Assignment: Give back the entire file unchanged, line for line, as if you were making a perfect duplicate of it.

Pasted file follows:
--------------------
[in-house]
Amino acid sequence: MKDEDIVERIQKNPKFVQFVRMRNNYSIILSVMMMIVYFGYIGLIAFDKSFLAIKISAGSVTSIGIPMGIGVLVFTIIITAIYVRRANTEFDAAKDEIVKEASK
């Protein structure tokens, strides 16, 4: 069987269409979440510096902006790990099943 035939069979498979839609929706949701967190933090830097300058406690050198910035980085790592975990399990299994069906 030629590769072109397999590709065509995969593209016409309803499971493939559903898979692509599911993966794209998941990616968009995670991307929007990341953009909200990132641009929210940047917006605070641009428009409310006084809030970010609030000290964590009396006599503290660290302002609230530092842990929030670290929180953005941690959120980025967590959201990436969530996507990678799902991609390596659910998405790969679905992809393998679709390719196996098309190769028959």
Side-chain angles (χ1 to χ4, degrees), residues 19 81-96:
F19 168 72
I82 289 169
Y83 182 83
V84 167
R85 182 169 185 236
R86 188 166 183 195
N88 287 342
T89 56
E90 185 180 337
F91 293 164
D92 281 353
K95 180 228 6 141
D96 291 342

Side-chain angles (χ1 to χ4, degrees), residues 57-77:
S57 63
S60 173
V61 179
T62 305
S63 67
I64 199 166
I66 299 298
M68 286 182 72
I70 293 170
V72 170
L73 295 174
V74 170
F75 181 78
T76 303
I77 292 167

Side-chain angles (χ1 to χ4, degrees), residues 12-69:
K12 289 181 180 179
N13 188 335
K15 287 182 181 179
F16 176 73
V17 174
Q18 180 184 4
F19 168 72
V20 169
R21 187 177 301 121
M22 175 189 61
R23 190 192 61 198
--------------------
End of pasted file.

[in-house]
Amino acid sequence: MKDEDIVERIQKNPKFVQFVRMRNNYSIILSVMMMIVYFGYIGLIAFDKSFLAIKISAGSVTSIGIPMGIGVLVFTIIITAIYVRRANTEFDAAKDEIVKEASK
């Protein structure tokens, strides 16, 4: 069987269409979440510096902006790990099943 035939069979498979839609929706949701967190933090830097300058406690050198910035980085790592975990399990299994069906 030629590769072109397999590709065509995969593209016409309803499971493939559903898979692509599911993966794209998941990616968009995670991307929007990341953009909200990132641009929210940047917006605070641009428009409310006084809030970010609030000290964590009396006599503290660290302002609230530092842990929030670290929180953005941690959120980025967590959201990436969530996507990678799902991609390596659910998405790969679905992809393998679709390719196996098309190769028959």
Side-chain angles (χ1 to χ4, degrees), residues 19 81-96:
F19 168 72
I82 289 169
Y83 182 83
V84 167
R85 182 169 185 236
R86 188 166 183 195
N88 287 342
T89 56
E90 185 180 337
F91 293 164
D92 281 353
K95 180 228 6 141
D96 291 342

Side-chain angles (χ1 to χ4, degrees), residues 57-77:
S57 63
S60 173
V61 179
T62 305
S63 67
I64 199 166
I66 299 298
M68 286 182 72
I70 293 170
V72 170
L73 295 174
V74 170
F75 181 78
T76 303
I77 292 167

Side-chain angles (χ1 to χ4, degrees), residues 12-69:
K12 289 181 180 179
N13 188 335
K15 287 182 181 179
F16 176 73
V17 174
Q18 180 184 4
F19 168 72
V20 169
R21 187 177 301 121
M22 175 189 61
R23 190 192 61 198